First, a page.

1.2: Purpose and intention of these rules
9.2: Preparation of judgments and orders
9.3: Dispute over contents of judgment or order
9.4: Signing judgments and orders

Case Summary

The self-represented Applicant objected to the Respondent’s unilateral request to the Court that a form of Order representing a decision be signed by Veit J. The Respondent had sought a waiver of Rule 9.2(2), given the history of the matter and the Respondent’s inability to obtain comments from the Applicant related to previous Orders. The Respondent had written directly to the Court seeking such a waiver, and had provided the Applicant with a draft Order at that time. The Applicant did not specify any particular complaint with the substance of the proposed Order, but instead asserted that the Rule 9.2(2) procedure was not followed by the Respondent. The Applicant informed the Court that he would not be able to appear in front of Veit J. for a number of months to resolve the contents of the form of Order.

The Court indicated that parties may apply to the Court to resolve a dispute (pursuant to Rule 9.3), but that in this particular case it was not clear whether there was a dispute about the contents of the draft Order. Although the Respondent had relied on Rule 9.4(2)(c) in its request that Veit J. sign the form of Order, Veit J. noted that, strictly speaking, this was not a Rule 9.4(2)(c) situation, in which a party might request that a Clerk of the Court sign an Order. The Court also pointed out that when a Justice is asked to sign a form of Order, while the time limits in Rule 9.2(2) may not apply, the process of consultation set out in Rule 9.2(2) does apply in principle.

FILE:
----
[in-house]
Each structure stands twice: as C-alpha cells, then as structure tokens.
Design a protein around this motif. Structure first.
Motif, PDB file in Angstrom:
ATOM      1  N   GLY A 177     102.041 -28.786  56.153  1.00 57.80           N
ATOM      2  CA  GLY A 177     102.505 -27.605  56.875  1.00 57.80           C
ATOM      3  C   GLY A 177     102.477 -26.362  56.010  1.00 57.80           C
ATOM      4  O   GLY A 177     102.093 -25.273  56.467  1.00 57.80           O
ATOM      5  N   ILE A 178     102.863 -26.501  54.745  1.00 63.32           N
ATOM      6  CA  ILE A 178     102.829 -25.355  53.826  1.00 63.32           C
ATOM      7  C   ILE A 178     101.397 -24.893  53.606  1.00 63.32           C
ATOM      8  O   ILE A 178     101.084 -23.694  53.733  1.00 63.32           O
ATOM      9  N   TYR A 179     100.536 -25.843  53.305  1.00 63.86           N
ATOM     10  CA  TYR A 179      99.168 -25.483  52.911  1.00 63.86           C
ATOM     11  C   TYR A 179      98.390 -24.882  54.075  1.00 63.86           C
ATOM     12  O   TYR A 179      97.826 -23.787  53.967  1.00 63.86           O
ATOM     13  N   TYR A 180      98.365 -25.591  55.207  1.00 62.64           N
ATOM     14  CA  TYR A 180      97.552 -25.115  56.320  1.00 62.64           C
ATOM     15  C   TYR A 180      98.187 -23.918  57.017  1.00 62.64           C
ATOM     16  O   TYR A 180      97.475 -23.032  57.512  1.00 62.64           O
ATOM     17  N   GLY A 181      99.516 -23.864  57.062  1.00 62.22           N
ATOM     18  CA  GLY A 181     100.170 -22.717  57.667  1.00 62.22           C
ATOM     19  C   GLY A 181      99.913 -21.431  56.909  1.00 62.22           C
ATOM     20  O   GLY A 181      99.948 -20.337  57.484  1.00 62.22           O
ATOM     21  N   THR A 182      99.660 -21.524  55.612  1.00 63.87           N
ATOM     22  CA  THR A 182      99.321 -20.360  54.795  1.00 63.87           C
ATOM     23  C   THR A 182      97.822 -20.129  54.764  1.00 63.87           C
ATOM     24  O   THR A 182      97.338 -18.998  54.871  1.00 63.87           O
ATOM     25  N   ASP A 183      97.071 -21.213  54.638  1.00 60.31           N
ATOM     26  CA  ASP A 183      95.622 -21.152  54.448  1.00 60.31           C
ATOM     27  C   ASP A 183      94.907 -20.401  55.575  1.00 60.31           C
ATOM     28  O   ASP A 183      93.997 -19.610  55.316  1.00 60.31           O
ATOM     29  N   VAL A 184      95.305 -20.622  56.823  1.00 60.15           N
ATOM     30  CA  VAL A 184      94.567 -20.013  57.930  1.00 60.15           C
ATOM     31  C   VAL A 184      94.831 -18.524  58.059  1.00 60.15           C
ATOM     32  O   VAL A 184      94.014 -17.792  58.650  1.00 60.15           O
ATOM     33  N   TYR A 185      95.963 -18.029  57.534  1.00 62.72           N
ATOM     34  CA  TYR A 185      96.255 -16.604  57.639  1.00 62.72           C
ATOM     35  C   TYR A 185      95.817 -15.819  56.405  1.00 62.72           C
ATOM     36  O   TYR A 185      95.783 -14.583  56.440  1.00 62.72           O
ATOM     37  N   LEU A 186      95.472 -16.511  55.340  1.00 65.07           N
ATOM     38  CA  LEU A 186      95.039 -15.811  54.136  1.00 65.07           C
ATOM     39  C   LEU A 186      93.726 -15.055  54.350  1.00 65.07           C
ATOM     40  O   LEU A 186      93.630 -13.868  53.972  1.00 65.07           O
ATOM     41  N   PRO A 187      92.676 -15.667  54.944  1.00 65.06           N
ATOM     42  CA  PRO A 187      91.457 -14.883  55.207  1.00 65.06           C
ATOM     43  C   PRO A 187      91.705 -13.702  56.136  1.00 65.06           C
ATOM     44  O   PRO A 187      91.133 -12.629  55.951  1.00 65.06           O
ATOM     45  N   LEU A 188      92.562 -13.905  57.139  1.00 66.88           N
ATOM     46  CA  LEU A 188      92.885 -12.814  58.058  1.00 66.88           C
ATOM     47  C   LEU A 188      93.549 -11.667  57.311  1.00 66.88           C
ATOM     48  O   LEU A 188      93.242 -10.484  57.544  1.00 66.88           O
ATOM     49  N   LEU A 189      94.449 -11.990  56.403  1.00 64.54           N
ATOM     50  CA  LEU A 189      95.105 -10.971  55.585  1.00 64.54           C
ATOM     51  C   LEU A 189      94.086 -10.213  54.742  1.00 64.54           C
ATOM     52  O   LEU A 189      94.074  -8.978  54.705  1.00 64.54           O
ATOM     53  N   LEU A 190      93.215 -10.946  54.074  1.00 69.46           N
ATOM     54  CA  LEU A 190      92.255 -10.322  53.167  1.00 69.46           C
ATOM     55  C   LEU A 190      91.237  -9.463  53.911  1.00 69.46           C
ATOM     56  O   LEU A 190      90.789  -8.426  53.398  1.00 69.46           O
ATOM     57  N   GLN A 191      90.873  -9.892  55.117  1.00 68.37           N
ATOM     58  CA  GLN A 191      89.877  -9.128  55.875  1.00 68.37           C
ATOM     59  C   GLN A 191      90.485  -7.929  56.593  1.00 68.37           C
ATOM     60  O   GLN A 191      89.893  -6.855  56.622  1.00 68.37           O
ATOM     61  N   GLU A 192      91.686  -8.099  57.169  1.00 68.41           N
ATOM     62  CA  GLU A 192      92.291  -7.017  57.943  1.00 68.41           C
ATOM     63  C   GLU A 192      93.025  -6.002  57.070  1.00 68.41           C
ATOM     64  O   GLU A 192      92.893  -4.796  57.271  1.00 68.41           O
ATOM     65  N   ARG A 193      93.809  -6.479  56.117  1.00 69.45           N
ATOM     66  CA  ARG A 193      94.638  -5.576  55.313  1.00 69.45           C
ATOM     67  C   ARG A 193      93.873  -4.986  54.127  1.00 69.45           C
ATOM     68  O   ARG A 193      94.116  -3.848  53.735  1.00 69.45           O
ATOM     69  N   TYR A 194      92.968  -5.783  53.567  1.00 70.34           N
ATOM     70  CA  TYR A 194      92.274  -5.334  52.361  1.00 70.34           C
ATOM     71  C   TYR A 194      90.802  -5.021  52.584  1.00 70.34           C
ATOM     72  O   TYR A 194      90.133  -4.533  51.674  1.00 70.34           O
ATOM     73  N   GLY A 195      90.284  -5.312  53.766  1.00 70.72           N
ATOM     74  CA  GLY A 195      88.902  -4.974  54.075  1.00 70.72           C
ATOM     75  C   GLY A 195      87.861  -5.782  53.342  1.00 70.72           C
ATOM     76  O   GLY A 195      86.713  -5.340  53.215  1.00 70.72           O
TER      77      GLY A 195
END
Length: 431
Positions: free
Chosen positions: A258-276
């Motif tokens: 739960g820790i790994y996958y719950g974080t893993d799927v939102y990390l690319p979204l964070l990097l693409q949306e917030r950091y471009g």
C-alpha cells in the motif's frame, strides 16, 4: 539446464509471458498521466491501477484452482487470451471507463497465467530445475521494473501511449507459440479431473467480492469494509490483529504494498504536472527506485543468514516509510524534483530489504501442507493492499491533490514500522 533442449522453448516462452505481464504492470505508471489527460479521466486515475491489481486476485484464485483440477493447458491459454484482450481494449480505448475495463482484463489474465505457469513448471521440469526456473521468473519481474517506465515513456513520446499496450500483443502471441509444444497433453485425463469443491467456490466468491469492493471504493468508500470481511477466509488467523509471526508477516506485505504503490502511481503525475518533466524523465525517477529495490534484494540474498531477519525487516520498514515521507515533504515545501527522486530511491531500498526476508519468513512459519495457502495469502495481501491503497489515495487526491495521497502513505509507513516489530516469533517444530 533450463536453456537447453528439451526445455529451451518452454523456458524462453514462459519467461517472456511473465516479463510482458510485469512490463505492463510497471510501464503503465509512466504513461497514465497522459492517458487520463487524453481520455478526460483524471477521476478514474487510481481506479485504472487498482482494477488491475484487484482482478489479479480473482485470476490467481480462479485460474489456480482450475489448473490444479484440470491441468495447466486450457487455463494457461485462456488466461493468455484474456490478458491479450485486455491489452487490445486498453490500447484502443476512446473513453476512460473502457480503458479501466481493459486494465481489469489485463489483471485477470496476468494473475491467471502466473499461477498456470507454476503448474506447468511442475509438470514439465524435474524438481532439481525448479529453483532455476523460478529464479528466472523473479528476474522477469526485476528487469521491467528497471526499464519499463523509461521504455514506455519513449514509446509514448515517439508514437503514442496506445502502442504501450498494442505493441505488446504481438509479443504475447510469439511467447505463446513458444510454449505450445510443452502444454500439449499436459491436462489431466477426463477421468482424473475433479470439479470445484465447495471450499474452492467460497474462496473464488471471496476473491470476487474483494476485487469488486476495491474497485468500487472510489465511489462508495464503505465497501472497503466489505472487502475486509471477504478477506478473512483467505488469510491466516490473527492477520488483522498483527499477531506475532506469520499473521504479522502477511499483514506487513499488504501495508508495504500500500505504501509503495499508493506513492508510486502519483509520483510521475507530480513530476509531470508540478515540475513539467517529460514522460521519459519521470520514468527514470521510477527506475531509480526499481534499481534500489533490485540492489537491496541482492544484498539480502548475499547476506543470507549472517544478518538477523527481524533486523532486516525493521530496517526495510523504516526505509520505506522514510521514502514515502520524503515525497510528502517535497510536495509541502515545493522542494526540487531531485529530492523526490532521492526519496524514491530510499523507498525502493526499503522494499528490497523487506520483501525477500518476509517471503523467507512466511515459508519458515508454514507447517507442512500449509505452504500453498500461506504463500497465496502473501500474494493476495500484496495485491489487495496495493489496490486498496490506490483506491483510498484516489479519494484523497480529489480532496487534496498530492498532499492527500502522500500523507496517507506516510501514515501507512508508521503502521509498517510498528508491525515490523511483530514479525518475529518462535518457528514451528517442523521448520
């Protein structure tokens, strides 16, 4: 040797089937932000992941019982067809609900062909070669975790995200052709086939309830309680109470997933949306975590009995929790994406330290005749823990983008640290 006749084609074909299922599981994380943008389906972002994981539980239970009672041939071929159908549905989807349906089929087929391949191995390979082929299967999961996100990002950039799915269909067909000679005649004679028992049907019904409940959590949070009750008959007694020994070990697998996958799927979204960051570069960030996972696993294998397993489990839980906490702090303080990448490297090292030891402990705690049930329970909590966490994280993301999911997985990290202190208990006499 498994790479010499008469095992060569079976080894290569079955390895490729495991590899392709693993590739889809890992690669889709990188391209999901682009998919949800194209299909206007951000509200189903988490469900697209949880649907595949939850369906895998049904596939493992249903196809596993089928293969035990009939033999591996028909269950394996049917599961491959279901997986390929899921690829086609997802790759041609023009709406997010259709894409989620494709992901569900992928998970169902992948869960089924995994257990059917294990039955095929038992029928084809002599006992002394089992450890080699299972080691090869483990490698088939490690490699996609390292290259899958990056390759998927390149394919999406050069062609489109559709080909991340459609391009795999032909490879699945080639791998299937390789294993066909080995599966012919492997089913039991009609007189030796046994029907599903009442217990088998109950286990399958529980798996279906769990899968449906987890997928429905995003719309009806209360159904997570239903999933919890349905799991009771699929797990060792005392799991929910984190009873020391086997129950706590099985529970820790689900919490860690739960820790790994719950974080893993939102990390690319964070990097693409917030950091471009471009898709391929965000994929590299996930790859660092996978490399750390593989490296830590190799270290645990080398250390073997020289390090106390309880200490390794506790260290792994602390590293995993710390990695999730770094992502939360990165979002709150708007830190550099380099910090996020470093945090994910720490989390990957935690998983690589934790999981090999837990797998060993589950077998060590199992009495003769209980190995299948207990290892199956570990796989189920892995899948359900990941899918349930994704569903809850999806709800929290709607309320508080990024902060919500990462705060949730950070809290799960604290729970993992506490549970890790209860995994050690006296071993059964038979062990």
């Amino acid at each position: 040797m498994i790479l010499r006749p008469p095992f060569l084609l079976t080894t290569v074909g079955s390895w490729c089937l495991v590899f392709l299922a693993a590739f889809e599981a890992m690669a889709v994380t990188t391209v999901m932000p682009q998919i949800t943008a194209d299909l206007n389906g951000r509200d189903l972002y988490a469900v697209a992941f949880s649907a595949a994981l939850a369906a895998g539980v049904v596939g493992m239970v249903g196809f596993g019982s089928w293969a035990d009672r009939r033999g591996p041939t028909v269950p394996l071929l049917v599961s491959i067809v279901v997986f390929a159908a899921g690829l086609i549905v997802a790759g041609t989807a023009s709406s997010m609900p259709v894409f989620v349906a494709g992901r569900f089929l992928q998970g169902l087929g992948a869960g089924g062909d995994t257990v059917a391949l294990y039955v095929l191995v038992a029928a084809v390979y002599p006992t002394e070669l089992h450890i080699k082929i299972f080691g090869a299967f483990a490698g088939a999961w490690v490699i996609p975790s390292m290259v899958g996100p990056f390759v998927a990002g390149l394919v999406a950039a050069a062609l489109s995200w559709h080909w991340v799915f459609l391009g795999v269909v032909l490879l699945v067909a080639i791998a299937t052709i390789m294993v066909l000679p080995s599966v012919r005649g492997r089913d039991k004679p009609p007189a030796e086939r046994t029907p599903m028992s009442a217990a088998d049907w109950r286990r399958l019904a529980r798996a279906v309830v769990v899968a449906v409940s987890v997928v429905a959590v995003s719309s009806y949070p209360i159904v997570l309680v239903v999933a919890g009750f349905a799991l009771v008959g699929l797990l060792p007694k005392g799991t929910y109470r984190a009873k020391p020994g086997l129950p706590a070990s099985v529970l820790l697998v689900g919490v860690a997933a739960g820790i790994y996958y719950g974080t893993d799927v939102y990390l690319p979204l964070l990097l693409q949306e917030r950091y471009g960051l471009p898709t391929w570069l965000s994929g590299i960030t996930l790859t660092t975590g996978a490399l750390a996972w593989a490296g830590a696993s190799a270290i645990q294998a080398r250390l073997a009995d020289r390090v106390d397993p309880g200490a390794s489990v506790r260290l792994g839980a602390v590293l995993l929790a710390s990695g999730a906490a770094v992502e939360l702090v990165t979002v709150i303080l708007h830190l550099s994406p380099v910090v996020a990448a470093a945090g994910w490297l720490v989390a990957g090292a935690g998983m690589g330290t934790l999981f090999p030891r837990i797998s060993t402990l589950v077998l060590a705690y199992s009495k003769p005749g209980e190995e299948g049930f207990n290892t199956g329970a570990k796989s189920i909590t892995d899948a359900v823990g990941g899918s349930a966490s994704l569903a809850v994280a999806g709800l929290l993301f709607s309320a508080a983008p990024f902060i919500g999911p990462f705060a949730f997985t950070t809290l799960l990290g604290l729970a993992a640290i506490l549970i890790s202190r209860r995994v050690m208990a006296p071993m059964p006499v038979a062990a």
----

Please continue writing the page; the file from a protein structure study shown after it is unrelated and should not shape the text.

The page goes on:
In the circumstances of this case, given the timeline of communication between the Applicant and Respondent as it related to the form of Order, the Court was not concerned with any procedural unfairness to the Applicant. Veit J. signed the form of Order as presented, concluding that the Court was acting in the interest of achieving a timely and cost-effective resolution of the matter.

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